Facebook, Eucharist, and Ministry (Part 1)

May 8th, 2011
Photo © Franco Bouly | Flickr | Used under Creative Commons license.

As Ministry Matters gets underway, my initial concern is simple: I don’t blog. Partial disclosure: I have been privy to a string of blogs with each about 3 bold fresh posts then silence. I hope that God and Kierkegaard, both of whom are terrific and prolific authors if I may say so, will help me out.

Neither am I very often “visible” on Facebook. I skulk up and down the News Feed, emerging from the cybershrubs to leave a comment a few times a year, but mostly sojourn chucklingly along the thoroughfares of others’ verbosity.

My hope is that my obligation to write at least monthly for Ministry Matters will help alleviate my chronic blogging hiatus. And that the content of this article might give me the push I need to de-cloak (as in “go visible,” and as in Star Trek, and as in no other sense) on Facebook.

In part 1, we first look at Facebook as an extension of our language-using bodies. In relation to this, we consider how the Jesus in the wafer and wine (or Hawaiian bread and grape juice, but hopefully never hotdog and Coke) lives with us in a more bodily way than do the other, more conventional somebodies with whom we live.

Facebook and Bodily Presence

My initial reaction to Facebook, I now admit, was a constant slipping across the border between indifference and rejection. A seminary friend and I wrote a song for the amusement of our peers in which we cast popular new technologies as docetist or gnostic in tendency, and so leading us toward disembodied living. (Docetism and gnosticism were early Christian heresies that denied the humanity of Jesus Christ in favor of a view of him as a purely immaterial and spiritual savior.) My then-future wife dragged me forcibly onto Facebook in 2007. Facebook is not sitting in a coffee shop with your best friend, nor is it sitting in a pew “live”--hence it is disembodied, gnostic, to be shunned on orthodox principle.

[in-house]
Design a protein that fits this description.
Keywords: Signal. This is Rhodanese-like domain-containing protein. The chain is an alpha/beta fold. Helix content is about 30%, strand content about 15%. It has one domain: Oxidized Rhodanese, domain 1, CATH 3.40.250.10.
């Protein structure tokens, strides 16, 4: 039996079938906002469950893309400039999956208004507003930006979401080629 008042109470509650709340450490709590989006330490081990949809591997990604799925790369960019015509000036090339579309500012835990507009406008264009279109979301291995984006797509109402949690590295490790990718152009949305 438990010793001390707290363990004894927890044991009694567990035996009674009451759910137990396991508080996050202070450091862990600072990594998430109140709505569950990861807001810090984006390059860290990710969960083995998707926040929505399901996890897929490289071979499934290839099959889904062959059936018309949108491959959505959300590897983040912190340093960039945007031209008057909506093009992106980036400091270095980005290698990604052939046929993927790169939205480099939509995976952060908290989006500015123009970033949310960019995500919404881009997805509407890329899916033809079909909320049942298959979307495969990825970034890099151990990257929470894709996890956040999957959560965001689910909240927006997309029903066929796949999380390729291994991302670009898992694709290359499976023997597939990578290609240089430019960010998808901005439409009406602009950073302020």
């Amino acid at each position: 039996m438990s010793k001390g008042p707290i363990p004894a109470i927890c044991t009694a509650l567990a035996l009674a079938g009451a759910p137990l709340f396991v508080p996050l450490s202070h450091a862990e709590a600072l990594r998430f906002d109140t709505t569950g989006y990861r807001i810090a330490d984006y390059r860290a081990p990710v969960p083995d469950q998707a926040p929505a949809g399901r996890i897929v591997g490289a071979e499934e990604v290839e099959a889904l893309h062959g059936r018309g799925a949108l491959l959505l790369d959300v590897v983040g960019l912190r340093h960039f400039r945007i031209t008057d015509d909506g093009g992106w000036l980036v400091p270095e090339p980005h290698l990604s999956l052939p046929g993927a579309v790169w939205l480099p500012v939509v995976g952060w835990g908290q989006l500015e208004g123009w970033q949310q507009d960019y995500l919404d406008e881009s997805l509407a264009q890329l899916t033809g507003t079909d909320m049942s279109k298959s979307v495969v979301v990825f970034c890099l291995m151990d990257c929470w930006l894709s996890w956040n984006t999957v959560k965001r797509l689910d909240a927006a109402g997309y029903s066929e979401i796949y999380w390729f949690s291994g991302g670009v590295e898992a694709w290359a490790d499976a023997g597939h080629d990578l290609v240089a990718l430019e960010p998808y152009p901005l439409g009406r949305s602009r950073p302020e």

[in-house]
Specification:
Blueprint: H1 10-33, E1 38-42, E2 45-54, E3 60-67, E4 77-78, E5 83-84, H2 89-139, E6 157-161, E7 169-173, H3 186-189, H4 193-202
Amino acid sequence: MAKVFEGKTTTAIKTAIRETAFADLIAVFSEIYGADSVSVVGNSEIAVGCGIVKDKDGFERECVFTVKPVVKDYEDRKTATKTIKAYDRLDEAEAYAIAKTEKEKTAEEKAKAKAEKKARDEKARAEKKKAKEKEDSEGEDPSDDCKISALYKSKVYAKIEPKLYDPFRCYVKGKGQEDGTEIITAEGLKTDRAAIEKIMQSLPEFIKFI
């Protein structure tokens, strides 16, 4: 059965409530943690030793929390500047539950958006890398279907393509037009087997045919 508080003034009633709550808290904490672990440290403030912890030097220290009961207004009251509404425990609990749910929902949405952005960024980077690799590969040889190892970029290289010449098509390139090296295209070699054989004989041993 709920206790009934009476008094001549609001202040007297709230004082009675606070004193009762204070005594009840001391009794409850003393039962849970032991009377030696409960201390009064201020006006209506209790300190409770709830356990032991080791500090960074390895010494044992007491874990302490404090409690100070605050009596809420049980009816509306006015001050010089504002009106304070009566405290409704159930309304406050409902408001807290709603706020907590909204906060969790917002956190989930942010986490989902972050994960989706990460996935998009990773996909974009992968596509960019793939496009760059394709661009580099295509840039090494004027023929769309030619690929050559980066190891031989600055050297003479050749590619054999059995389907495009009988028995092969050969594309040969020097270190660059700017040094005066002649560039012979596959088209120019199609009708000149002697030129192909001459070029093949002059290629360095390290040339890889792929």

At any rate, I’m now making a measured argument in the opposite direction.

Facebook is an extension of our bodily presence. It is so because it is a habit that stretches our words-- it is a function of our language (and is itself made possible by computer language, also human). In making these assertions I am trying to inhabit and apply the viewpoint of Herbert McCabe, a late Dominican priest who taught theology and philosophy at Oxford. The things I quote from him here all come from chapter 10 of God Matters (Continuum: 2005).

As will be evident, I think Herbert McCabe’s viewpoint offers a lot that is profitable for us to consider in thinking about Facebook in the work of Christian ministry.

With bodies and language, as with Facebook and ministry, it is a matter of communication. McCabe writes:

All life at any level is a matter of communication; what we think of as a low level of life involves a low level of communication but every organism is an organism in virtue of its power of communication. Human life is constituted by an especially high level of communication, the kind we call language. What makes a human body human is that it is involved in linguistic communication.


Human life is remarkably-- fearfully and wonderfully-- constituted by communication with other bodies, often blessedly mediated and established by language. Facebook, as a habit (“Like”) of communication, extends our bodily presence by extending our words to some other bodies so habituated. This is interesting to Christians because our salvation is itself a matter of communication.

To talk about the way we’re saved through communication, we should listen to McCabe’s perspective on the Eucharist. It is a Roman Catholic perspective, but one which I think acceptable and full of promise in the ecumenical field, and quite so in my own United Methodist fold.

The Bodily Presence of Christ and Communication